Art, Books November 30, 2011 By Sarah Coleman

Berenice Abbott, Zito’s Bakery, 259 Bleecker Street , 1937, from Changing New York, 1935–39, gelatin silver print.  The Jewish Museum, New York, Purchase: Mimi and Barry J. Alperin Fund

Berenice Abbott, Zito’s Bakery, 259 Bleecker Street , 1937, from Changing New York, 1935–39, gelatin silver print. The Jewish Museum, New York, Purchase: Mimi and Barry J. Alperin Fund

title72 Radical Camera
Small, light and fast, the Leica was the cellphone camera of its day. When it launched in the 1920s, professional photographers took to the streets with it and captured quick, spontaneous images that hadn’t been possible with their lumbering view cameras. Perhaps no group used the camera better in its early days than the New York Photo League, a ragtag band of urban photographers who were equally passionate about politics and aesthetics. In the 1930s and 40s, their documentation would provide a vibrant record of everyday life in New York City.
     The Radical Camera: The New York Photo League 1936-1951, now at the Jewish Museum, pays tribute to the ninety-some photographers involved in this short-lived, feisty little organization. Notably, most Photo League members came from modest backgrounds (a lot were first-generation American Jews). Their aim was to throw light on their own poor neighborhoods and others, and by doing so, to effect social change. Not for them the beautiful, static landscapes being captured by Ansel Adams in the same years; instead, they turned their lenses on the teeming streets of the Lower East Side and Harlem, where children played in abandoned buildings and garbage littered the streets.



Art November 1, 2011 By Aiya Ono

All photographs by Dan Monik

All photographs by Dan Monick

dm title 21 Dan Monick
After being rejected from a creative writing class his freshman year, Los Angeles-based photographer Dan Monick was exposed to the art of the camera by Carrie Mae Weems, a prominent African-American photographer whose work has been acknowledged by such New York giants as the Whitney and the Museum of Modern Art. Since then Monick has documented “virtually everything,” as he himself proclaims, influenced by the work of Robert Frank, Nan Goldin and William Eggleston. He is fascinated with the banal, kitsch, and tacky, and the complex stories each object and subject tells about identity and community contingent to location. Monick’s sensibility captures the ephemeral beauty of these anomalies and ironic happenstances, to convey nostalgia in a unique style—one that is anarchic, often humorous, and arresting, highlighting the beauty of such banality in contemporary society.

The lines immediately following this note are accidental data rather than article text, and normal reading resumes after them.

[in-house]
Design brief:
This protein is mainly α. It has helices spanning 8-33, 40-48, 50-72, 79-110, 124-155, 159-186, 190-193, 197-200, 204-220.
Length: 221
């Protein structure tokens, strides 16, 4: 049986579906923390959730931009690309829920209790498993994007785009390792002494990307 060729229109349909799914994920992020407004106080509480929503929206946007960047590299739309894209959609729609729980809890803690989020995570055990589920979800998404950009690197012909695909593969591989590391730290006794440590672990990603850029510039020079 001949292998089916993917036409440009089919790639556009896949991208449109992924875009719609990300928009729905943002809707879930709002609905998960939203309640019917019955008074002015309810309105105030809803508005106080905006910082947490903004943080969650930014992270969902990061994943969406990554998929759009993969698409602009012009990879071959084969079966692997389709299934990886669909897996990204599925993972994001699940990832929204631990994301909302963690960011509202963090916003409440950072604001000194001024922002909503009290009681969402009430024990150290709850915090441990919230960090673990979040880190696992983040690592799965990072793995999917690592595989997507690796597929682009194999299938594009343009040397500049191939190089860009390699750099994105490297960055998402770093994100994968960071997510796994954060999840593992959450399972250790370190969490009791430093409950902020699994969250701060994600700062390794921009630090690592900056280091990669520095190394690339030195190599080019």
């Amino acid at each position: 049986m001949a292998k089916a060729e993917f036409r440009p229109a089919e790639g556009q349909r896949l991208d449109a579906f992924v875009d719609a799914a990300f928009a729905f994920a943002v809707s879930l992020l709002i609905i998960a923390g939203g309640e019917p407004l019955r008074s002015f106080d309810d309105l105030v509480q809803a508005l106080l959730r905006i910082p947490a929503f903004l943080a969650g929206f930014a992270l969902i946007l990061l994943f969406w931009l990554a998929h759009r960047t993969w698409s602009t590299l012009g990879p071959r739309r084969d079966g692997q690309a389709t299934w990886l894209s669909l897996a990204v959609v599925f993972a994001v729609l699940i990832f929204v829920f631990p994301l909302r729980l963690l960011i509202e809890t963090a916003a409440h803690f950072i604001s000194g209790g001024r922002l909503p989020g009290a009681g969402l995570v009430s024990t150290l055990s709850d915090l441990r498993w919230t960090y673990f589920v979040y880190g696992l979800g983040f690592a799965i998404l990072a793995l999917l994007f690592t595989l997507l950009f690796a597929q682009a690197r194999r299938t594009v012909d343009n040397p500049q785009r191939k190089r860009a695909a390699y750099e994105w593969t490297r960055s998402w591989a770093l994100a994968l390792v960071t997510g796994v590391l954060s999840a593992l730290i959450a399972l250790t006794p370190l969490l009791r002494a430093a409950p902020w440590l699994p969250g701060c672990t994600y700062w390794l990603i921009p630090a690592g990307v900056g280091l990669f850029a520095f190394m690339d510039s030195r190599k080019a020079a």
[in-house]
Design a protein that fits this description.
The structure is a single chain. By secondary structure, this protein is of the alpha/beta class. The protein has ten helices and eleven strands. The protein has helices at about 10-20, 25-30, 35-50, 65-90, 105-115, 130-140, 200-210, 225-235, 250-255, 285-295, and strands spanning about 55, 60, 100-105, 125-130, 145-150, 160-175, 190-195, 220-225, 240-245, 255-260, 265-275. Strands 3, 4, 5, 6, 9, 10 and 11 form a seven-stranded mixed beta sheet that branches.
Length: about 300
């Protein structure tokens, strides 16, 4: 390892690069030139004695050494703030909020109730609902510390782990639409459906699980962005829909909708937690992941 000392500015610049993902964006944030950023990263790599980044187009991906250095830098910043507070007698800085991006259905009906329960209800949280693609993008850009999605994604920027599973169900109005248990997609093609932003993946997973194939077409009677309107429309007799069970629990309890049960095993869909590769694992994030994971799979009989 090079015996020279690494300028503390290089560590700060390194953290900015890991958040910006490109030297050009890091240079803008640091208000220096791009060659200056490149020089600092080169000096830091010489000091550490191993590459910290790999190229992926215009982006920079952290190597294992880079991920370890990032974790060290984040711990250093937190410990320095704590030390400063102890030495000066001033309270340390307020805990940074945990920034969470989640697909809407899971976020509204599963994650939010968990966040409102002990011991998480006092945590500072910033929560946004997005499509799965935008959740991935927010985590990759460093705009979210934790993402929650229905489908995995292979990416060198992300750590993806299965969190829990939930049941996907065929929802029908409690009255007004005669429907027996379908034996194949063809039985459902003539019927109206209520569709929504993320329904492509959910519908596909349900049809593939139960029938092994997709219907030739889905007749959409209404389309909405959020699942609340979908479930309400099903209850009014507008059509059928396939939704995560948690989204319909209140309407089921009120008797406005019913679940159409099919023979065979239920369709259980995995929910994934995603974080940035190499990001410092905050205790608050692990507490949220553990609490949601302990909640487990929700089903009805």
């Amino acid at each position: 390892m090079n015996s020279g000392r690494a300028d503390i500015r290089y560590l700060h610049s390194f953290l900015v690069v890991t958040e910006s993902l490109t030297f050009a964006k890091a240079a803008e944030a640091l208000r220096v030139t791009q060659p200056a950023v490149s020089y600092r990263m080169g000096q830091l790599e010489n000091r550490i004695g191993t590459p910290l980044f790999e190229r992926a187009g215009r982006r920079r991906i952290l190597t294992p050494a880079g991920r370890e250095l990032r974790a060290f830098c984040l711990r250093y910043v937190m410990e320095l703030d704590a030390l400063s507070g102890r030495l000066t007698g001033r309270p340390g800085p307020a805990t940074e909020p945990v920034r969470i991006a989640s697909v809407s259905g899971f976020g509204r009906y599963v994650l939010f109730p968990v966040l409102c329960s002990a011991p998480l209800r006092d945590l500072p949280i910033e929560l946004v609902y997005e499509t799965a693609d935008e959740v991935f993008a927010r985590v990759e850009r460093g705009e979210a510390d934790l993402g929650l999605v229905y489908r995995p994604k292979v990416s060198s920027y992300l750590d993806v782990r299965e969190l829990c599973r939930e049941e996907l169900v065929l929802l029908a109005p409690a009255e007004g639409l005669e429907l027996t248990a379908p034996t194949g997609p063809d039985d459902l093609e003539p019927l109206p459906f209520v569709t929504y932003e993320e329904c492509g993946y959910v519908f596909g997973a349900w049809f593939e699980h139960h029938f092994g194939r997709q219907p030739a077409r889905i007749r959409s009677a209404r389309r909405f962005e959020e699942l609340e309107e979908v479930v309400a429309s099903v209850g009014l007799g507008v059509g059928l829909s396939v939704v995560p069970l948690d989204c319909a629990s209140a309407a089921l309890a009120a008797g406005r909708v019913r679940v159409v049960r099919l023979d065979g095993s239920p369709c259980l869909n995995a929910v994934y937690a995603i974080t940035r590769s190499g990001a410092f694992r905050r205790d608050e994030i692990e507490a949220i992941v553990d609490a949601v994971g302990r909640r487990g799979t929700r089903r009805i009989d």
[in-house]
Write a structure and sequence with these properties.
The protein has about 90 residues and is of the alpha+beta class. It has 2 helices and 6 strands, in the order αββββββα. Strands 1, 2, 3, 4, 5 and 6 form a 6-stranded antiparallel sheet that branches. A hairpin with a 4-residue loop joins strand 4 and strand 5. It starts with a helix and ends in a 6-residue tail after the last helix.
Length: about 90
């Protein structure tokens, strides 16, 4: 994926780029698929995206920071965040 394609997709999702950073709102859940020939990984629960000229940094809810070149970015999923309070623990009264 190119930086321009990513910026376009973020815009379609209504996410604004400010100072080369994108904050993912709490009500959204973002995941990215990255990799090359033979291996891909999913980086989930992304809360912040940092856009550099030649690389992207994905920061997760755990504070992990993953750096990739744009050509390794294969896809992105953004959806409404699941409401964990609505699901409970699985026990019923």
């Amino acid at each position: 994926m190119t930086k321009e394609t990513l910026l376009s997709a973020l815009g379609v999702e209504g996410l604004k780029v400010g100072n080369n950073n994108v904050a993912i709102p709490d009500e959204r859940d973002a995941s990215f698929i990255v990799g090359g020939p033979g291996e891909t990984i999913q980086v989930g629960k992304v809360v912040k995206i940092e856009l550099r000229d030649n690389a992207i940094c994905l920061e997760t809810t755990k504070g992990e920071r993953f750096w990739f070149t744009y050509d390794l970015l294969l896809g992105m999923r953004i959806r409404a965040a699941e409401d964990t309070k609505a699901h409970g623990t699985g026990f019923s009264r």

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Art, Books September 15, 2011 By Derek Peck

David Strettell Photography by Derek Peck

David Strettell Photography by Derek Peck

filler29 David Strattellds title1 David Strattell

From my regular column in AnOther magazine.

David Strettell is the founder and owner of Dashwood Books, a tiny but enormously influential photography bookstore located on Bond Street in the Bowery section of Manhattan. Since opening in 2005, Dashwood has become New York City’s insider resource and social nexus for the latest in contemporary international photography. With an impressive run of book releases, signings, and talks by some of the top names in photography today, as well as pursuing its own publishing projects and being known for stocking unique titles, rare collectors’ editions, and short-run monographs of self-published work, Dashwood has come to present a broad but distinct range of today’s photographic work through the curatorial passion of one man. Previously, Strettell had assisted Mario Testino and then worked for the legendary Magnum Photo cooperative for 12 years. After leaving Magnum, Strettell says he took six months off to decide what was next for him, and chose to open Dashwood. Recently, I met with David at his East Village flat for tea, conversation, and to take a few pictures of the man behind the books.